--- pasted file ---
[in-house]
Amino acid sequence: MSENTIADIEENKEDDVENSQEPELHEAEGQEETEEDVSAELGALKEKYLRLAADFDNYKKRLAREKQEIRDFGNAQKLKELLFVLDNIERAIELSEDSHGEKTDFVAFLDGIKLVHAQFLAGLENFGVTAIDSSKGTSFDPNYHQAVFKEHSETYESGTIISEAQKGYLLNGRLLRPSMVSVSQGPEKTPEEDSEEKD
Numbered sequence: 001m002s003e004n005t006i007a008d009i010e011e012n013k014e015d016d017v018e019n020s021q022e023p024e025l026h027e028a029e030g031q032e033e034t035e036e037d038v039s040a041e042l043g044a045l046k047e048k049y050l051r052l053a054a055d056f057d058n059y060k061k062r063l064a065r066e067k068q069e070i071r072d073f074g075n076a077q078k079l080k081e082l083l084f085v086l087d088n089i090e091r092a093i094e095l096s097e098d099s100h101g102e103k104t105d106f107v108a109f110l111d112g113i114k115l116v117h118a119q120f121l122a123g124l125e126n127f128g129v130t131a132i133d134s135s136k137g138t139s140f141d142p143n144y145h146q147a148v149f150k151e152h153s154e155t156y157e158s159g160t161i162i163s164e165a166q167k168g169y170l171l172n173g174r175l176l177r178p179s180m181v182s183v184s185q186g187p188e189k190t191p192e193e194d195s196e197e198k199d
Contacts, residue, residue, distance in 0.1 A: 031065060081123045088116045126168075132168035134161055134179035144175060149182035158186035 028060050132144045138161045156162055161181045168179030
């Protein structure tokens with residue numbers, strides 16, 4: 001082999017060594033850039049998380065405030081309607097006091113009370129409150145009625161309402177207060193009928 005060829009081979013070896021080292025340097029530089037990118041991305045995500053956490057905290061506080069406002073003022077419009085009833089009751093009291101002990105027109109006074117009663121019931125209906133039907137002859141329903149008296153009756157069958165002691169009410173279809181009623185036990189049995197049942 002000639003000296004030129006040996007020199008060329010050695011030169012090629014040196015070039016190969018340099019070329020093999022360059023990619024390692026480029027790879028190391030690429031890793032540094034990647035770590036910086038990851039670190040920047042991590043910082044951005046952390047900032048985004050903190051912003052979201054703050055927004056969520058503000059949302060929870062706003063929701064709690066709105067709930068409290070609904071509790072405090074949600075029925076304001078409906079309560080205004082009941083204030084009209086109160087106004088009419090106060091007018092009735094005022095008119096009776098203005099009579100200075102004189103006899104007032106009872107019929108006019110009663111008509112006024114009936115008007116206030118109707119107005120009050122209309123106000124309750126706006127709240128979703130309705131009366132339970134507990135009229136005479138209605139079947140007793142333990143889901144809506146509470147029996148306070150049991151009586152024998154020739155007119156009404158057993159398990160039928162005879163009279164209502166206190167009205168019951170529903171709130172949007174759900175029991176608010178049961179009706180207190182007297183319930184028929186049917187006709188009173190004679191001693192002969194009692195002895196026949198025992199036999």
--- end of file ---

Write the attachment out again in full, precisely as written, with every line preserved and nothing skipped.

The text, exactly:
[in-house]
Amino acid sequence: MSENTIADIEENKEDDVENSQEPELHEAEGQEETEEDVSAELGALKEKYLRLAADFDNYKKRLAREKQEIRDFGNAQKLKELLFVLDNIERAIELSEDSHGEKTDFVAFLDGIKLVHAQFLAGLENFGVTAIDSSKGTSFDPNYHQAVFKEHSETYESGTIISEAQKGYLLNGRLLRPSMVSVSQGPEKTPEEDSEEKD
Numbered sequence: 001m002s003e004n005t006i007a008d009i010e011e012n013k014e015d016d017v018e019n020s021q022e023p024e025l026h027e028a029e030g031q032e033e034t035e036e037d038v039s040a041e042l043g044a045l046k047e048k049y050l051r052l053a054a055d056f057d058n059y060k061k062r063l064a065r066e067k068q069e070i071r072d073f074g075n076a077q078k079l080k081e082l083l084f085v086l087d088n089i090e091r092a093i094e095l096s097e098d099s100h101g102e103k104t105d106f107v108a109f110l111d112g113i114k115l116v117h118a119q120f121l122a123g124l125e126n127f128g129v130t131a132i133d134s135s136k137g138t139s140f141d142p143n144y145h146q147a148v149f150k151e152h153s154e155t156y157e158s159g160t161i162i163s164e165a166q167k168g169y170l171l172n173g174r175l176l177r178p179s180m181v182s183v184s185q186g187p188e189k190t191p192e193e194d195s196e197e198k199d
Contacts, residue, residue, distance in 0.1 A: 031065060081123045088116045126168075132168035134161055134179035144175060149182035158186035 028060050132144045138161045156162055161181045168179030
């Protein structure tokens with residue numbers, strides 16, 4: 001082999017060594033850039049998380065405030081309607097006091113009370129409150145009625161309402177207060193009928 005060829009081979013070896021080292025340097029530089037990118041991305045995500053956490057905290061506080069406002073003022077419009085009833089009751093009291101002990105027109109006074117009663121019931125209906133039907137002859141329903149008296153009756157069958165002691169009410173279809181009623185036990189049995197049942 002000639003000296004030129006040996007020199008060329010050695011030169012090629014040196015070039016190969018340099019070329020093999022360059023990619024390692026480029027790879028190391030690429031890793032540094034990647035770590036910086038990851039670190040920047042991590043910082044951005046952390047900032048985004050903190051912003052979201054703050055927004056969520058503000059949302060929870062706003063929701064709690066709105067709930068409290070609904071509790072405090074949600075029925076304001078409906079309560080205004082009941083204030084009209086109160087106004088009419090106060091007018092009735094005022095008119096009776098203005099009579100200075102004189103006899104007032106009872107019929108006019110009663111008509112006024114009936115008007116206030118109707119107005120009050122209309123106000124309750126706006127709240128979703130309705131009366132339970134507990135009229136005479138209605139079947140007793142333990143889901144809506146509470147029996148306070150049991151009586152024998154020739155007119156009404158057993159398990160039928162005879163009279164209502166206190167009205168019951170529903171709130172949007174759900175029991176608010178049961179009706180207190182007297183319930184028929186049917187006709188009173190004679191001693192002969194009692195002895196026949198025992199036999």